Half of Pentagon’s schools in US will do virtual learning

Politics

WASHINGTON (AP) — Despite President Donald Trump’s push to open all schools, half of the Defense Department’s schools in America will not open for in-person learning as the country struggles with the COVID-19 pandemic.

In stark contrast, only two of the department’s 68 schools in Europe will be operating remotely, underscoring the dramatic difference between the widespread outbreak in the U.S. and the success other countries have had in bringing it under control. Defense Department schools in the Pacific region will also be split, with 26 of the 45 facilities open for in-person learning.

Trump on Wednesday repeated his call to reopen schools, and again pushed Congress to steer future coronavirus funding away from schools that don’t open this fall. Most of the nation’s largest school districts, however, are planning to start the year with remote instruction.

Thomas Brady, director of the Department of Defense Education Activity, told Pentagon reporters on Thursday that 10,000 students — out of 70,000 worldwide — have opted for virtual learning. Brady said parents were allowed to select that option, which is mainly for high school students and is an independent learning process. Students would sign up for a semester, receive instruction materials and then complete course work on their own schedule. They would have access to instructors when needed.

“The virtual school is provided as an option for those parents who make that conscious decision that it’s best for their family and their students to do that,” said Brady.

In addition, he said 500 teachers have requested a special accommodation not to teach in person. He said those are dealt with on a case-by-case basis and some teachers would be able to participate in the virtual school.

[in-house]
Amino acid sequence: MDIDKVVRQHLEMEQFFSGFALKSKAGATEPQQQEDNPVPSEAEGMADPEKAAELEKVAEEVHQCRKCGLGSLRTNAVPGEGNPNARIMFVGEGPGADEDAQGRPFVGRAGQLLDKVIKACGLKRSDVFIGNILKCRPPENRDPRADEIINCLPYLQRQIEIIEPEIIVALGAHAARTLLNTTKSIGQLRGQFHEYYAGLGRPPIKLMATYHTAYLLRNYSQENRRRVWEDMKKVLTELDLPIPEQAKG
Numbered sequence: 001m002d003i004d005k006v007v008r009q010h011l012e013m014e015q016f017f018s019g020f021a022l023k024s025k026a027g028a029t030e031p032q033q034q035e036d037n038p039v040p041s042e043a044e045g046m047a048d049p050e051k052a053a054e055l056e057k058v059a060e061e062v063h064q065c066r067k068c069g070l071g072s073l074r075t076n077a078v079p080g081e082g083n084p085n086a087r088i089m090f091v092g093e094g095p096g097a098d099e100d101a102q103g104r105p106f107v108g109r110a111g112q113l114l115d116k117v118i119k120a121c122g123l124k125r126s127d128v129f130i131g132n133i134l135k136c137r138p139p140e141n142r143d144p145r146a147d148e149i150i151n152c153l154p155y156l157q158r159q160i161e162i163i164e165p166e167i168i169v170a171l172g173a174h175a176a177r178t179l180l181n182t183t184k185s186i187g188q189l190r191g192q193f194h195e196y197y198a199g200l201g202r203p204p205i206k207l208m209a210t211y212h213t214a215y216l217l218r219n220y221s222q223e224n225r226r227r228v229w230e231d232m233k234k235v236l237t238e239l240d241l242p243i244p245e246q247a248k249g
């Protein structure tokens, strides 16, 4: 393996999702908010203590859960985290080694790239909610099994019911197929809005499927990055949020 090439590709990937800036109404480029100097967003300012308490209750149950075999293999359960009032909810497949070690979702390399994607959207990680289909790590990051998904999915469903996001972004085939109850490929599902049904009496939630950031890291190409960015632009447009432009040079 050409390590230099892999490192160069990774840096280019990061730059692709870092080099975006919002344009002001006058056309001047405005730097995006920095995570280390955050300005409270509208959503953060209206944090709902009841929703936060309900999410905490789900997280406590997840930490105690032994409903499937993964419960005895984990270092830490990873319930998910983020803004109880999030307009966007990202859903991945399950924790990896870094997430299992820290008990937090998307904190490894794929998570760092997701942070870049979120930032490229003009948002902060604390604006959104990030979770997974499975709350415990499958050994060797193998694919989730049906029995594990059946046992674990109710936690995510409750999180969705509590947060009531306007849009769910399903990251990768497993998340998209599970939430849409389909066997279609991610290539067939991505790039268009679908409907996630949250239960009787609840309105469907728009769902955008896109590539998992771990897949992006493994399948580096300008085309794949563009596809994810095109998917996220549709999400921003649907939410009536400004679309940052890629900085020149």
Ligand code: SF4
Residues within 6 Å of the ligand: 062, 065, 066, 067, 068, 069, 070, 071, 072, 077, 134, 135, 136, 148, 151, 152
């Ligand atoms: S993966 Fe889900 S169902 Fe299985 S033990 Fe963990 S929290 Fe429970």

“The best education is face-to-face in a classroom, and so our priority is to open every classroom that we can, safely,” said Brady. In-person learning, he said, is “just absolutely a better situation for student achievement.” He said remote learning is the next best option, and noted that teachers have gotten better at it after struggling last spring when the virus hit.

As of Wednesday, Brady said, about 36,000 students were heading to brick-and-mortar schools worldwide, while more than 15,500 would be learning remotely, in addition to the 10,000 who have chosen the virtual option.

The remote option is separate from the virtual school. Schools that open for remote learning will have students take their classes online with their teachers, as many did last spring.

About 2,000 more children are enrolled in pre-kindergarten in-person schools, and that number is expected to grow, he said.

Brady said there is no option for testing students for the virus before they start school, saying it was determined to be not viable or necessary.

The schools that will be limited to remote learning are in the South, where the numbers of coronavirus cases and deaths have been spiking. They are in Georgia, North Carolina, South Carolina, Alabama and Puerto Rico. The South is home to a number of large Army bases, where there are several schools, such as Fort Bragg, North Carolina, and Fort Benning, Georgia.

The decision to open a school for in-person instruction is based on the virus conditions of the surrounding community and decisions of the commanders.

He said if a student or teacher tests positive for the virus, the school will close for a few days for cleaning. If the closure lasts more than five days, the school will shift to remote learning for as long as needed.

Trump has said school funding in the coronavirus bill being negotiated now by Congress should go to parents if their local schools do not reopen for in-person instruction.

Copyright 2020 The Associated Press. All rights reserved. This material may not be published, broadcast, rewritten or redistributed.

Link to 12 things you need to know page

WBOY 12 News Facebook Page

Trending Stories